Sunday, May 29, 2011

three in the car

We’re in the car- the three of us, the original family.

The newbie’s in the car behind us, and he wants to race. He pulls up beside my father’s Accord, and the two men with identical builds and matching smiles meet eyes in playful competition before my brother’s blue Prius whizzes by us and my own chariot follows suit. An unexpected slowdown on the mildly busy road forces my brother to slam on his brakes and my father to force a quick stop behind him nearly rubbing noses with his alerted brake lights, a loud horn from an unrelated vehicle accessorizing the scene.

My mother is furious.

“Do you want to kill us?”

She would give the right-of-way to a worm.

“I was just having a little fun.”

“You’re going to kill us all with your little fun.”

This is the same conversation they’ve had for thirty years. It always ends the same way. The exasperated sighs, eyes rolled to the sun roof, but the tiny twinge of a smile nearly unnoticeable at the corners of their mouths- a smile of familiarity- perhaps of roles played out: the constant jokester being scolded? Or relief? In the tiny glimpses of smile, they speak their language to the other. I watch my father reach over and squeeze my mother’s knee. I watch her pat my father’s hand. I think about us all dying- swirling away in Technicolor. If he killed us all, I think, picturing us three like candy bits in a Cuisinart beater, our colors circling round and round, our toppling into each other, I think that would be alright.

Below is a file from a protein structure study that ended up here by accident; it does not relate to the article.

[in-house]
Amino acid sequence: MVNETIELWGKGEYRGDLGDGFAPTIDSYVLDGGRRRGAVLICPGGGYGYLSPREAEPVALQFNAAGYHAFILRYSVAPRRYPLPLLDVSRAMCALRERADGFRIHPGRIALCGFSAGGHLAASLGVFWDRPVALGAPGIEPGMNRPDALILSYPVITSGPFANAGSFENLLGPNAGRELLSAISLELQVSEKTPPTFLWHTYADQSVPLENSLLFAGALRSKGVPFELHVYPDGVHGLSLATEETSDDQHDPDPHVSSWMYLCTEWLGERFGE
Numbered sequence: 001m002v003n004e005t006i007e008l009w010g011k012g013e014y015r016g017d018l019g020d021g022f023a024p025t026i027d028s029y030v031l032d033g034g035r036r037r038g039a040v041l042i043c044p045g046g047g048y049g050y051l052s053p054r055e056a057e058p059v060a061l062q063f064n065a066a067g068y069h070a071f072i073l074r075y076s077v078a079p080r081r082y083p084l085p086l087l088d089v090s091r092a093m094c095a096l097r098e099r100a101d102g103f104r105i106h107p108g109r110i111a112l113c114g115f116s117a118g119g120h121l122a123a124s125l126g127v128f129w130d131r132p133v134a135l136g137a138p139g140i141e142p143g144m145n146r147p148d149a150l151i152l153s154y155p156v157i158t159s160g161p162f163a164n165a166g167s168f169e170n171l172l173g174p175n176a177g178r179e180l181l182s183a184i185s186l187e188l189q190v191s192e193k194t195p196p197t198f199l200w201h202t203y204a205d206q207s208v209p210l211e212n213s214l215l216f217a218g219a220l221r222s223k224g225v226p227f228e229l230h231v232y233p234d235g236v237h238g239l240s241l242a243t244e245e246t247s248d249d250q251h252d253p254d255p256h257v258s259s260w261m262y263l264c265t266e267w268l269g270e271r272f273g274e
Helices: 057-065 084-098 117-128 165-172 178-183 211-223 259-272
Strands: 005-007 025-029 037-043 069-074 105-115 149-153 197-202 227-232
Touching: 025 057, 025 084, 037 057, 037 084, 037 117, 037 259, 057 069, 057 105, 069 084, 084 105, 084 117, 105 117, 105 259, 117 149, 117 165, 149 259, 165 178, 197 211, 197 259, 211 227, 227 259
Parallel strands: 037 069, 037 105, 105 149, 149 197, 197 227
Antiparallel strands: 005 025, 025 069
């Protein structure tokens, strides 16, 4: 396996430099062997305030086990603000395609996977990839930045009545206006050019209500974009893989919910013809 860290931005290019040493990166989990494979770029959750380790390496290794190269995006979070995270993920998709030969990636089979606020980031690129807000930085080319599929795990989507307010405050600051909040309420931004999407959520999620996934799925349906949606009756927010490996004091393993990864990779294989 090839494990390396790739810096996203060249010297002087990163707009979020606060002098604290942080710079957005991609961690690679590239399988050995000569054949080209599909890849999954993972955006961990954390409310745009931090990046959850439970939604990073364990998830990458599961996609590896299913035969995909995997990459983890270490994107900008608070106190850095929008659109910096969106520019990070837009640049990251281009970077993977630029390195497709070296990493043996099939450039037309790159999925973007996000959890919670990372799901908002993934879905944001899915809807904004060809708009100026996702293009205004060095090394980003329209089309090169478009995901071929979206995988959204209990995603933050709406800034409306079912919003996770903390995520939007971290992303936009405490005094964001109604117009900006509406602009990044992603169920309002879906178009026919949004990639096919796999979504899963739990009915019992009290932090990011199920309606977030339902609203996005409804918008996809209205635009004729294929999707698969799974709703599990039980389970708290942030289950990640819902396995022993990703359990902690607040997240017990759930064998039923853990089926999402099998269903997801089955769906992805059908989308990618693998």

Because for this thing that has to happen to us. Seperately. One at a time so that we have to watch. So that the loss of our three-ness can reverberate off of pictureless walls and pour over us like gravy and smell like freshly fallen petals, well, that seems harder. Natural, maybe, but harder.

Friday, May 27, 2011

edgar and brandon

Love is this, thought Edgar, touching the curve of his lover’s back. He could see through skin, through bone, through blood. Brandon was more than his blood cells. Edgar had loved him this way for years; that part wasn’t new. He took in the wholeness of Brandon’s stretched out body. He always slept this way: sprawled. So that if Edgar got into bed after him, he would have to slide in sideways and gently move an extended arm draped over Edgar’s side of the bed. He would always keep the arm, always place it on him or around him. Brandon always looked sexy while he was asleep. Edgar remembered other lovers looking boyish or angelic or vaguely like his father while sleeping, but Brandon always looked muscled and soft and honeyed. He always made Edgar feel wide-eyed at his natural beauty. Edgar wondered when it would be that he would look over and see it happening, when he would see a disease take over that place on the bed where Brandon had been. When it would hurt too much to touch him. Or be touched by him. He wondered which image would stay with him after it was all over: the healthy one he’d had for nine years or the impending one, he was both too afraid to picture and obsessed with at the same time. How could he live for today while simultaneously preparing for tomorrow?

Brandon’s body moved rhythmically with his breath, and Edgar watched it. His lean torso rising and falling, the gentle waxing and waning. Edgar thought about everything that made up a person. He thought about quiet things until he, too, fell asleep.